Latin America & Caribbean

Chile prosecutors seek murder charges over gay attack

Two girls look at a picture of Chilean Daniel Zamudio placed outside the public hospital in Santiago on March 28, 2012
Image caption Hundreds gathered in Santiago to attend a vigil for Daniel Zamudio, who died on Tuesday

Chilean prosecutors say they will seek murder charges against four suspected neo-Nazis accused of attacking and killing a young gay man.

Daniel Zamudio died on Tuesday, 25 days after the assault, in which his attackers carved swastika symbols into his body.

Hundreds attended a vigil for the 24-year-old in the capital, Santiago, on Wednesday.

The assault has sparked outrage and a fresh debate over hate crimes in Chile.

The government has pledged to increase efforts to pass an anti-discrimination law, which is currently being considered by the Chilean Congress.

'Murderous arrogance'

The four suspects have been jailed on charges of attempted murder.

In the hours after Mr Zamudio's death, prosecutor Ernesto Vazquez requested that the charges be changed to premeditated murder.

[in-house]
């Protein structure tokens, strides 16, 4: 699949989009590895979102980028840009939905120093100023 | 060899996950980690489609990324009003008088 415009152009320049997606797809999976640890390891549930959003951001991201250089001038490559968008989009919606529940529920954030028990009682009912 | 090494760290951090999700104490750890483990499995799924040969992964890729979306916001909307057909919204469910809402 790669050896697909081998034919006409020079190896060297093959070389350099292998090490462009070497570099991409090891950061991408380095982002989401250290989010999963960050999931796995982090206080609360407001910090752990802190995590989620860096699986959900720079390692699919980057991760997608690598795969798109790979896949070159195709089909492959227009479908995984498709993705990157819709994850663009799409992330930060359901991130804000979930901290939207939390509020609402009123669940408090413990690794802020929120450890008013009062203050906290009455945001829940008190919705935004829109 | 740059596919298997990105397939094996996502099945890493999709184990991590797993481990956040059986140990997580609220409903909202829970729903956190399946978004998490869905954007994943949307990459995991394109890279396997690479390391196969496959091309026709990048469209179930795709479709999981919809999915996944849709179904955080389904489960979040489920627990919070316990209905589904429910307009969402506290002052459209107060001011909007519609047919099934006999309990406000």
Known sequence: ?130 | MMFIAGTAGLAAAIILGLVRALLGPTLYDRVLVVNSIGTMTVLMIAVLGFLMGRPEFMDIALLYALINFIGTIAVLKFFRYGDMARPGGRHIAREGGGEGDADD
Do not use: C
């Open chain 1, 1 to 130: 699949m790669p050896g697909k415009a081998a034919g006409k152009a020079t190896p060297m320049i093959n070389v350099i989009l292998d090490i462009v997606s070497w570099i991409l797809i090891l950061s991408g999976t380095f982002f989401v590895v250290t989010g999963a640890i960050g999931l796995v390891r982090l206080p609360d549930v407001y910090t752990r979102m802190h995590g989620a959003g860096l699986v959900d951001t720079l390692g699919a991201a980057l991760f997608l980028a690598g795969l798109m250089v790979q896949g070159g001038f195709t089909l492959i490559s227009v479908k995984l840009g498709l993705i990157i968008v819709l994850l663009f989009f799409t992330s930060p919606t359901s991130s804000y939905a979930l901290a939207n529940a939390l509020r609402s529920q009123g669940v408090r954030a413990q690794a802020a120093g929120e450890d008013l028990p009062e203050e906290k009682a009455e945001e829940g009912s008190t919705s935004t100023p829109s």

He said the assault had been clearly motivated by homophobia, the Associated Press reports.

Image caption Daniel Zamudio was allegedly beaten for an hour

Chile's interior minister, Rodrigo Hinzpeter, was booed and heckled when he came to share his condolences with crowds gathered outside the hospital where Mr Zamudio died.

He promised that the government would work hard to pass the anti-discrimination law, which was first proposed seven years ago.

"Since this aggression - Daniel's murder - happened, we have had a relative education on how we are going to construct a more harmonious society, with more love, where no-one - no-one - is discriminated against for any reason, because all Chileans have the same rights.

"There is no-one in our society who can feel such murderous arrogance that they can attack and assault a fellow citizen for any reason," he said.

Jaime Parada, spokesman for Chile's leading gay rights group, the Movement for Homosexual Liberation and Integration, said the case highlighted how gay men and women in Chile live in fear.

"We are fighting for an anti-discrimination law, for changes in language so people stop treating us like we are ill and make sure that the church does not treat us like sinners and so on."

Mr Zamudio, a clothing store salesman, was left with severe head injuries and a broken right leg after being attacked in Santiago on 3 March.

He was allegedly beaten for an hour by his attackers, who stubbed cigarettes out on him and carved swastikas into his body.

More on this story